Mostly clear skies greeted 19 visitors (13 children and 6 adults) from Saunders Secondary School Grade-9 class to the Cronyn Observatory for Exploring the Stars, Thursday, November 13th, 2014, 6:30 p.m. Since there was some concern as to whether the sky would remain clear, graduate student Parshati Patel directed everybody upstairs into the dome at the beginning of the evening for observing.
RASC London Centre was represented by Mark Tovey, Bob Duff and Tricia Colvin. When everybody arrived upstairs in the dome, Bob gave a talk on the history of the Cronyn Observatory and the technical aspects of the big 25.4cm refractor. He also explained the 2 clocks on the east wall of the dome and the difference between Standard and Sidereal Time.
Mark arrived early and set up the Observatory’s 20.3cm Meade 2080/LX3 Schmidt-Cassegrain (26mm Plossl eyepiece, 77X) and London Centre’s 25.4cm Dobsonian (17mm Nagler eyepiece, 66X) on the roof patio outside the dome. He worked between both telescopes showing the visitors the yellow and blue double star Albireo in the 20.3cm Schmidt-Cassegrain and Mars in the 25.4cm Dobsonian. When Tricia arrived they shared duties with Tricia taking over the 20.3cm Schmidt-Cassegrain and Mark the 25.4cm Dobsonian. Besides Mars, visitors viewed the star Capella in the London Centre’s 25.4cm Dobsonian (66X). Bob later located the Ring Nebula (M57) in the 25.4cm Dobsonian (66X)—after installing the 8 X 50mm finderscope—for the visitors to view.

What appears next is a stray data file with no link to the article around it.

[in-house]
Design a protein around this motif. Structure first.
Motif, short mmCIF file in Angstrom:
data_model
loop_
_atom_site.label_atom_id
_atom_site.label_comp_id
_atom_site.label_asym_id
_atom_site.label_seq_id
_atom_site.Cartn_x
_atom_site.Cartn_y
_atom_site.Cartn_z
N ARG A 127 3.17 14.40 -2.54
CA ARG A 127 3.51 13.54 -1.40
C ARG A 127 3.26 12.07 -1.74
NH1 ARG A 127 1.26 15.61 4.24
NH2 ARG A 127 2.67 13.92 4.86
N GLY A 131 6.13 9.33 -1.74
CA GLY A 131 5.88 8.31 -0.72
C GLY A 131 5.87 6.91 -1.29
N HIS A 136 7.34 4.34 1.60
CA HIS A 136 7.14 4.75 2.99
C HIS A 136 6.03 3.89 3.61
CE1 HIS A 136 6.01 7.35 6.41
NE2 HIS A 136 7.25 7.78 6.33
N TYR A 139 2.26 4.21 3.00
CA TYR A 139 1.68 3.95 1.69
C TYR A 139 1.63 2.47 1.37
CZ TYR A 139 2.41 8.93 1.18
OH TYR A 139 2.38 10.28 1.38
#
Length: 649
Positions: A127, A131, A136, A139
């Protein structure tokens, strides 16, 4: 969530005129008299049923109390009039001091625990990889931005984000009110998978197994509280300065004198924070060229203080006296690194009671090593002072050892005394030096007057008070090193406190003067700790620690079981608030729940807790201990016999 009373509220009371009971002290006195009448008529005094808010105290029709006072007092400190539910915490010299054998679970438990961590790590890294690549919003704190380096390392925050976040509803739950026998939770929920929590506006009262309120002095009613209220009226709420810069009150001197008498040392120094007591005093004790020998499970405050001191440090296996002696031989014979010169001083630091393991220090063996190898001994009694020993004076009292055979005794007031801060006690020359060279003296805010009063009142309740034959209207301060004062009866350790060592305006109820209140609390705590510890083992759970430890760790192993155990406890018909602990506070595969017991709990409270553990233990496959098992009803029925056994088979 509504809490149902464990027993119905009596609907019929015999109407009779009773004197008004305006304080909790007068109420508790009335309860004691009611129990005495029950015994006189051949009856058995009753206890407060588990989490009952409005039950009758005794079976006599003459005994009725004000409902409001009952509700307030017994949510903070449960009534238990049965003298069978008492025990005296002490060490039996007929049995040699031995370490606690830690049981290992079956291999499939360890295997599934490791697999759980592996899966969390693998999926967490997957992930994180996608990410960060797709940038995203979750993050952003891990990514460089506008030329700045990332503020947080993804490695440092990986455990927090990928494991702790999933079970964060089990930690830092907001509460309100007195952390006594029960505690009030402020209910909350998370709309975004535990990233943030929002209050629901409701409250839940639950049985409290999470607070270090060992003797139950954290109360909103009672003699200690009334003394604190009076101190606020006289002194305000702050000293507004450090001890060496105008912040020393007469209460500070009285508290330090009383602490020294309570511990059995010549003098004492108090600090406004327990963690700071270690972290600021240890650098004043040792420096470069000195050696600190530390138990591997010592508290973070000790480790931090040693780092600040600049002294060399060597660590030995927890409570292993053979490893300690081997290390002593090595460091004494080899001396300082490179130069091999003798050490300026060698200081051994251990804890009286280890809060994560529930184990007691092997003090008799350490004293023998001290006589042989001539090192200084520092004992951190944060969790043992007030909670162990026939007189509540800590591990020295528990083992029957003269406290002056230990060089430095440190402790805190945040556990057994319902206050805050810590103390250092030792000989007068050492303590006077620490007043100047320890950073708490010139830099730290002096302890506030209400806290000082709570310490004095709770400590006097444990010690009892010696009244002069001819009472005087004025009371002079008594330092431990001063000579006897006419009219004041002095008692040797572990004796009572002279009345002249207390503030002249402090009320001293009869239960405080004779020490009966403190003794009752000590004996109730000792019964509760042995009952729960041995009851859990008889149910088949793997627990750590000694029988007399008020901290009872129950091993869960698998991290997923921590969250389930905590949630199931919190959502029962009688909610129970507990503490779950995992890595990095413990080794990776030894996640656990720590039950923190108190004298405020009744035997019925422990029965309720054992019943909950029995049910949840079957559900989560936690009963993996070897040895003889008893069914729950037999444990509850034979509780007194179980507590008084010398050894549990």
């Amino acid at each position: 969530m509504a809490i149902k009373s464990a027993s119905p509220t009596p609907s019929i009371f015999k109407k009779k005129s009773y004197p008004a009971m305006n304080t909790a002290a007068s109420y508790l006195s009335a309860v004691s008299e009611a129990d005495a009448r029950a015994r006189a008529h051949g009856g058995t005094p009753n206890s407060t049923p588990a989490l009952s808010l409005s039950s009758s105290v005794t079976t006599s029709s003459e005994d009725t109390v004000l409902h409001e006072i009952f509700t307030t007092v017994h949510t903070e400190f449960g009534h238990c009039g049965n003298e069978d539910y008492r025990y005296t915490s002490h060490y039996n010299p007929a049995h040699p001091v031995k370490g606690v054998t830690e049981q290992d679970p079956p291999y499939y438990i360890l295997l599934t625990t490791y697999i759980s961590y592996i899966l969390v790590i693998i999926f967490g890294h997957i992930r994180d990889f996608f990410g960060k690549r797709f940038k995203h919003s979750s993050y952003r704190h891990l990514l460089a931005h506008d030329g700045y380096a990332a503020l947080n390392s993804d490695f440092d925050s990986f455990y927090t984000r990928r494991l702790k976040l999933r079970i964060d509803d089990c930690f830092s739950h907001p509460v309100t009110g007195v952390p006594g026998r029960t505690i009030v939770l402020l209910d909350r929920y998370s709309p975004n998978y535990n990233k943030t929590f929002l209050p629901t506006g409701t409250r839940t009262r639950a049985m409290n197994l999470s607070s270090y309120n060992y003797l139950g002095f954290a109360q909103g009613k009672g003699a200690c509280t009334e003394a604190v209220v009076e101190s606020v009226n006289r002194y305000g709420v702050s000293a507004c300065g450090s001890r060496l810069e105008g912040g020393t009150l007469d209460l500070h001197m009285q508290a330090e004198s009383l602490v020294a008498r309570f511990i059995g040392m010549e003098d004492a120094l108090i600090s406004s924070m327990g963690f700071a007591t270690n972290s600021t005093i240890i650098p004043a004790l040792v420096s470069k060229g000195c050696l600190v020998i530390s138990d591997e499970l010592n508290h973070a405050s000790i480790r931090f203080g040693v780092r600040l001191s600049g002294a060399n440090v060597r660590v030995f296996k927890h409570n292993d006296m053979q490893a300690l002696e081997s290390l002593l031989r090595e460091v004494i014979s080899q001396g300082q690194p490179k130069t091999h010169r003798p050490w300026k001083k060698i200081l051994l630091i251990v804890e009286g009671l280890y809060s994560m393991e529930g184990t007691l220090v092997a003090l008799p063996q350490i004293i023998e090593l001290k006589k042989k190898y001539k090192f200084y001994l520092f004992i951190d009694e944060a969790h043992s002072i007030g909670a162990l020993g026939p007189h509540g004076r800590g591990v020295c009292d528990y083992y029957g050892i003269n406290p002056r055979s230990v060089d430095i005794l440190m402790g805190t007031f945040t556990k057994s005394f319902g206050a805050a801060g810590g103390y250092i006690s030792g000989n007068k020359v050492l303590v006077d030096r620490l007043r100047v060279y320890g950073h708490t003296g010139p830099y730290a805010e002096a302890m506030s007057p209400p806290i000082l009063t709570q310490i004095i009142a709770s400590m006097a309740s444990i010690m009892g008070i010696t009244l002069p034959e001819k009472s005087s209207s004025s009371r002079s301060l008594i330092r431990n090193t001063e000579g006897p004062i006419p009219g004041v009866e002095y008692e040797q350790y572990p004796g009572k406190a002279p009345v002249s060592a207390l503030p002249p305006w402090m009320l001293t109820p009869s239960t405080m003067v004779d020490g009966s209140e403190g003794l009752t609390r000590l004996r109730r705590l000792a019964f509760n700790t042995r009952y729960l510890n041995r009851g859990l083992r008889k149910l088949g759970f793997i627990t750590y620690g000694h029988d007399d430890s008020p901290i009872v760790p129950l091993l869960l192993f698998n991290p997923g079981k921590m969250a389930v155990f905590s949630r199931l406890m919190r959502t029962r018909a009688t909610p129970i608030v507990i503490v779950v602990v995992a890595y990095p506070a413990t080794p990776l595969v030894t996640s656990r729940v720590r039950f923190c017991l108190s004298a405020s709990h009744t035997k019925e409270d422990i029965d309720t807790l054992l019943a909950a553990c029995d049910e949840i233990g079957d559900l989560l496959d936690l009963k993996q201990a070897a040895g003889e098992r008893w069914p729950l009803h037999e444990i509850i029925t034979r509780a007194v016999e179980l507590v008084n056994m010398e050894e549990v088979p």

Parshati and Bob initially directed the 25.4cm refractor (52mm Erfle eyepiece, 84X) in the dome towards Albireo but this proved difficult to locate in the slightly hazy sky. Since Albireo was already being viewed in the 20.3cm Schmidt-Cassegrain, Bob located the “Double-Double” star system Epsilon Lyrae, which made a nice view in the 25.4cm refractor (18mm Radian eyepiece, 244X).
Bringing everybody back downstairs Parshati made the digital slide presentation “The Stuff of Stars”, explaining how spectroscopy was used to study stars, and followed this with the activity “Kitchen Comet”, making a comet with dry ice and other ingredients on a table set up at the front of the lecture room. Everybody was very pleased with the observing session under clear skies and the interesting slide presentation and activity. The evening ended around 8:30 p.m. under clear skies.